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Frank Oppenheimer, the Man Who Made Science Fun

The brother of Robert Oppenheimer marched to the beat of his own drummer

2 min read

Something Incredibly Wonderful Happens: Frank Oppenheimer and the World He Made Up
By K.C. Cole; Foreword by Murray Gell-Mann; Houghton Mifflin Harcourt, 2009; 396 pp.; US $27.00; ISBN: 978-0-15-100822-3

Sometimes a biographer can love her subject too much. In the case of a new biography of physicist Frank Oppenheimer, by the respected science writer K.C. Cole, it turns out to be mostly a good thing for all concerned. Something Incredibly Wonderful Happens tells the story, from the perspective of a longtime confidante, of the younger brother of the man who led the American effort to create the atomic bomb.

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From WinZips to Cat GIFs, Jacob Ziv’s Algorithms Have Powered Decades of Compression

The lossless-compression pioneer received the 2021 IEEE Medal of Honor

11 min read
Photo of Jacob Ziv
Photo: Rami Shlush

Lossless data compression seems a bit like a magic trick. Its cousin, lossy compression, is easier to comprehend. Lossy algorithms are used to get music into the popular MP3 format and turn a digital image into a standard JPEG file. They do this by selectively removing bits, taking what scientists know about the way we see and hear to determine which bits we'd least miss. But no one can make the case that the resulting file is a perfect replica of the original.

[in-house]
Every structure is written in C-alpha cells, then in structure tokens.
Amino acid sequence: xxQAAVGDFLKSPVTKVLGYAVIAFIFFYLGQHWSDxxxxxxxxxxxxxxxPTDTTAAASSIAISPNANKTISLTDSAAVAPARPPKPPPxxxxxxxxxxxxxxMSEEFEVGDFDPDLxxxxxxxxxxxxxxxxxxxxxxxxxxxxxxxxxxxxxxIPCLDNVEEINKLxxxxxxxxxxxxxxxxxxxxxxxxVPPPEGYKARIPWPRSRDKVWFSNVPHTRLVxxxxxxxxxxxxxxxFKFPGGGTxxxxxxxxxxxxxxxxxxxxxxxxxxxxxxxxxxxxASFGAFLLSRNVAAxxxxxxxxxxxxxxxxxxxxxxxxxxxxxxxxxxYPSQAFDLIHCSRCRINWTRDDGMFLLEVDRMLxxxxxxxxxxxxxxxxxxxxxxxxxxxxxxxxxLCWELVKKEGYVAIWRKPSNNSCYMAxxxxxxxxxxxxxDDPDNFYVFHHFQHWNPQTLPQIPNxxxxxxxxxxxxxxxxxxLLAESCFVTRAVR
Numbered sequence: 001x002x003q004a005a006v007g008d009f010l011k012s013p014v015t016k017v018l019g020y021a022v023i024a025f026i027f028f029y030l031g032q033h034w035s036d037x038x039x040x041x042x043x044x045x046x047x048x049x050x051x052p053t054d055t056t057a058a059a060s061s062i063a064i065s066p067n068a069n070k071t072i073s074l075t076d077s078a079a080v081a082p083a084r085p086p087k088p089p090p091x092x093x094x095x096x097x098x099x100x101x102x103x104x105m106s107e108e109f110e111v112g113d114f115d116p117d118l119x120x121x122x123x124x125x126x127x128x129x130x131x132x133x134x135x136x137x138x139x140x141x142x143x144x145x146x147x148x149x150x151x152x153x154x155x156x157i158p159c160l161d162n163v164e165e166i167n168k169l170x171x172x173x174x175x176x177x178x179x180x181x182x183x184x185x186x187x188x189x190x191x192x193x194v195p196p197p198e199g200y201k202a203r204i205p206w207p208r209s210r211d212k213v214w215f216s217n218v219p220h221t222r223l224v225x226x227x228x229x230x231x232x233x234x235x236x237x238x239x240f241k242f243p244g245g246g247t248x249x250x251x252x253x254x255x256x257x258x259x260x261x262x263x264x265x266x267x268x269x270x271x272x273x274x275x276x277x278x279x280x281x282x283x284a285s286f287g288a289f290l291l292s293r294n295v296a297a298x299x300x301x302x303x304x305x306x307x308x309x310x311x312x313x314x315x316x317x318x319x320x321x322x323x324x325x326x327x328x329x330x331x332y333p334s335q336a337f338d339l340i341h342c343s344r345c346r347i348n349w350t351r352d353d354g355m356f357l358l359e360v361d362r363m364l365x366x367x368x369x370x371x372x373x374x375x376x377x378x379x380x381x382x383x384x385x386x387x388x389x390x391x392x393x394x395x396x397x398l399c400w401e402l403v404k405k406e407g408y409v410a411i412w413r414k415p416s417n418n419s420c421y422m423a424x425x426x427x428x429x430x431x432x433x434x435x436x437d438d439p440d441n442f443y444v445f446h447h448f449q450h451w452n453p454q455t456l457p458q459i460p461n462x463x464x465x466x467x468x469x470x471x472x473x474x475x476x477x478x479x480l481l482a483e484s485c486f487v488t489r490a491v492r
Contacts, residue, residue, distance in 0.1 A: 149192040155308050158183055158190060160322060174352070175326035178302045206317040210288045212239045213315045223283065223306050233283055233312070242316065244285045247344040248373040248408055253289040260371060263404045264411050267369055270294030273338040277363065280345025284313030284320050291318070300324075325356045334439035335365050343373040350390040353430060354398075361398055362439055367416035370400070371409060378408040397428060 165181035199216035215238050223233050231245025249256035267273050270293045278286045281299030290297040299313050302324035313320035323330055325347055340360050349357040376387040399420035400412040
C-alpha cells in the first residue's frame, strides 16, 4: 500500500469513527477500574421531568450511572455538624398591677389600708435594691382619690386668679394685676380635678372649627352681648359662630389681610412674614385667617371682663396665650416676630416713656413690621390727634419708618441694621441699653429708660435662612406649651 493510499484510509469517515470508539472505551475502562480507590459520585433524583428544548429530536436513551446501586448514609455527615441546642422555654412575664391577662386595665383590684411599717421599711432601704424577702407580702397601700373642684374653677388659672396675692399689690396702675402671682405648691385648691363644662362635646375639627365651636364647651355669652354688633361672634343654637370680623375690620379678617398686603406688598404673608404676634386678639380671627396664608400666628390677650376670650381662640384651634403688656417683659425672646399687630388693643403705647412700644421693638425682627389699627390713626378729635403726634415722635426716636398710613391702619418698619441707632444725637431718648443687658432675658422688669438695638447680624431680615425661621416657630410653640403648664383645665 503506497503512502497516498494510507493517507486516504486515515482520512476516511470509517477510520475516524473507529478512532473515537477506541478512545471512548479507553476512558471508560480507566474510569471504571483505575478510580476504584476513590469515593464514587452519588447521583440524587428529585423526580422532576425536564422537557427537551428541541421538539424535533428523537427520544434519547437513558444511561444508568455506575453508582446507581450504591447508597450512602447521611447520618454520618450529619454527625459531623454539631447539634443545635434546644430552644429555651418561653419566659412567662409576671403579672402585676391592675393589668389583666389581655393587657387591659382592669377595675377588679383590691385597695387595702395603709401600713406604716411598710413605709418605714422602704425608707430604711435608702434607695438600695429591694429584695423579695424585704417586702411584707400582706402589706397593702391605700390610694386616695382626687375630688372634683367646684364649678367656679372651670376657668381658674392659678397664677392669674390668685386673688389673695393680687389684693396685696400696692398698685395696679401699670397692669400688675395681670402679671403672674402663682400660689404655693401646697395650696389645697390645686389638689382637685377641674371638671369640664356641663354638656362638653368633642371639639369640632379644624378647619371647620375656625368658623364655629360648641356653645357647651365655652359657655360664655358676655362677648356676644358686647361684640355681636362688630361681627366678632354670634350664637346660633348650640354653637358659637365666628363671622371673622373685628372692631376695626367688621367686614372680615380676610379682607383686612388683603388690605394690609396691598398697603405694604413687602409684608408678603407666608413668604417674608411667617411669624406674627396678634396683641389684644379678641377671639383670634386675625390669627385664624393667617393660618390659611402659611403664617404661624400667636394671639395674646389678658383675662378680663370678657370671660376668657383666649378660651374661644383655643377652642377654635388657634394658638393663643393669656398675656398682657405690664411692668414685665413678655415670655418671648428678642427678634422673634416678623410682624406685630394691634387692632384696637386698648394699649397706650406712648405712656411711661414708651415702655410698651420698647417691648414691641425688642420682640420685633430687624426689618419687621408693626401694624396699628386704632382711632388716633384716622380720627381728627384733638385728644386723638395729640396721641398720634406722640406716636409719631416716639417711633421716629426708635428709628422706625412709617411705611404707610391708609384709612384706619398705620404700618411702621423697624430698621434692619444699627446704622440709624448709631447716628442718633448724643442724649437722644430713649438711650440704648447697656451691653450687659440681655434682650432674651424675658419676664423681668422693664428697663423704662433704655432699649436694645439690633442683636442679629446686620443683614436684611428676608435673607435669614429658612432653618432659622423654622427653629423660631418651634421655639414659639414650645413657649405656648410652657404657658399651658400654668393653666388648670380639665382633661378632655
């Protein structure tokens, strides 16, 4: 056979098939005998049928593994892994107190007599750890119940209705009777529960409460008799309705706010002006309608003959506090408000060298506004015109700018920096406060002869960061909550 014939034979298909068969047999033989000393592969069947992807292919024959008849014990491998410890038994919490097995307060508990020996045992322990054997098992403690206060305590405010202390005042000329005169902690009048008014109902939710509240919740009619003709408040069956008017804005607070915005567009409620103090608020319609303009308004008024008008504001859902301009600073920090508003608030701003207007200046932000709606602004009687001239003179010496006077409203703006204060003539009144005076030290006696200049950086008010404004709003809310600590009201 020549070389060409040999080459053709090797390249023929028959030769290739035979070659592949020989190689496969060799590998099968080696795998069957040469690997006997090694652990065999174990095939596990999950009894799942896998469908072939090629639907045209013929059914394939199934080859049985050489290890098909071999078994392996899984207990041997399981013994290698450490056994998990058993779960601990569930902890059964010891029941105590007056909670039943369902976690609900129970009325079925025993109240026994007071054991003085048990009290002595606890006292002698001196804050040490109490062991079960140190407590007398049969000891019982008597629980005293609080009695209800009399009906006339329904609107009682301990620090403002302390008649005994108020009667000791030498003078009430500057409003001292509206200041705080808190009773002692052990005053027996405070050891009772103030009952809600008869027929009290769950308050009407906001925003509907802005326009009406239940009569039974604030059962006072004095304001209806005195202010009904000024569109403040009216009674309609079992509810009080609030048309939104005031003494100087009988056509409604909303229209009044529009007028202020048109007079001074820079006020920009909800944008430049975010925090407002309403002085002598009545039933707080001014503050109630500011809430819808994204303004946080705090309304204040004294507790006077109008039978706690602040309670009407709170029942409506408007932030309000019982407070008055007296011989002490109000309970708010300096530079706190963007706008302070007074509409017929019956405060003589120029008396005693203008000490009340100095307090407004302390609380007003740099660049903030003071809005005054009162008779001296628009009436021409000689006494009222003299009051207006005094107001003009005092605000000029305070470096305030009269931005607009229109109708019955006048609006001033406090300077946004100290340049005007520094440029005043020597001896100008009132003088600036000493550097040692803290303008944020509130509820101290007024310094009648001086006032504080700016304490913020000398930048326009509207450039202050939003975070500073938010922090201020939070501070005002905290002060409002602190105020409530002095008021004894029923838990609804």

Not so with lossless data compression. Bits do disappear, making the data file dramatically smaller and thus easier to store and transmit. The important difference is that the bits reappear on command. It's as if the bits are rabbits in a magician's act, disappearing and then reappearing from inside a hat at the wave of a wand.

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